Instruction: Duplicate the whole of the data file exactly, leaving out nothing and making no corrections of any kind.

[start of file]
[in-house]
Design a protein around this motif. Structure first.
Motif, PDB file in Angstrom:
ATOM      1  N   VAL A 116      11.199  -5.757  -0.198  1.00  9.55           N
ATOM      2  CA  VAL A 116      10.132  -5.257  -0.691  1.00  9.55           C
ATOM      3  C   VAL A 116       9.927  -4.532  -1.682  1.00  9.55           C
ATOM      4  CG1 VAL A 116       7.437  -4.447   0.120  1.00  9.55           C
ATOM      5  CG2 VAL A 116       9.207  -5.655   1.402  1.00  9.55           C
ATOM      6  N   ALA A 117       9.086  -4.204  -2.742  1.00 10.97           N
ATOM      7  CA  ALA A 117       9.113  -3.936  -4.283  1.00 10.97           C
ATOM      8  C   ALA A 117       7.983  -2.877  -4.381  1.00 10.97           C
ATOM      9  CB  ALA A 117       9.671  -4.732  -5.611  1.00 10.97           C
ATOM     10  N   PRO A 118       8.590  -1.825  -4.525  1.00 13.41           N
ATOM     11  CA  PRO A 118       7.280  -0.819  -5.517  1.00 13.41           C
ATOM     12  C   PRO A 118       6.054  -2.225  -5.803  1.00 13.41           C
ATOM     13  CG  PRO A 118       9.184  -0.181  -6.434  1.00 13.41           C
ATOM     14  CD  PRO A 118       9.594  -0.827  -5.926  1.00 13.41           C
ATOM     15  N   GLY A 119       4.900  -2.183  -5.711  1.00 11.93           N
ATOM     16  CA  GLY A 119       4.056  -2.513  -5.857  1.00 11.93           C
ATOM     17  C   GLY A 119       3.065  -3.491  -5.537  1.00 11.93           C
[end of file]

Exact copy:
[in-house]
Design a protein around this motif. Structure first.
Motif, PDB file in Angstrom:
ATOM      1  N   VAL A 116      11.199  -5.757  -0.198  1.00  9.55           N
ATOM      2  CA  VAL A 116      10.132  -5.257  -0.691  1.00  9.55           C
ATOM      3  C   VAL A 116       9.927  -4.532  -1.682  1.00  9.55           C
ATOM      4  CG1 VAL A 116       7.437  -4.447   0.120  1.00  9.55           C
ATOM      5  CG2 VAL A 116       9.207  -5.655   1.402  1.00  9.55           C
ATOM      6  N   ALA A 117       9.086  -4.204  -2.742  1.00 10.97           N
ATOM      7  CA  ALA A 117       9.113  -3.936  -4.283  1.00 10.97           C
ATOM      8  C   ALA A 117       7.983  -2.877  -4.381  1.00 10.97           C
ATOM      9  CB  ALA A 117       9.671  -4.732  -5.611  1.00 10.97           C
ATOM     10  N   PRO A 118       8.590  -1.825  -4.525  1.00 13.41           N
ATOM     11  CA  PRO A 118       7.280  -0.819  -5.517  1.00 13.41           C
ATOM     12  C   PRO A 118       6.054  -2.225  -5.803  1.00 13.41           C
ATOM     13  CG  PRO A 118       9.184  -0.181  -6.434  1.00 13.41           C
ATOM     14  CD  PRO A 118       9.594  -0.827  -5.926  1.00 13.41           C
ATOM     15  N   GLY A 119       4.900  -2.183  -5.711  1.00 11.93           N
ATOM     16  CA  GLY A 119       4.056  -2.513  -5.857  1.00 11.93           C
ATOM     17  C   GLY A 119       3.065  -3.491  -5.537  1.00 11.93           C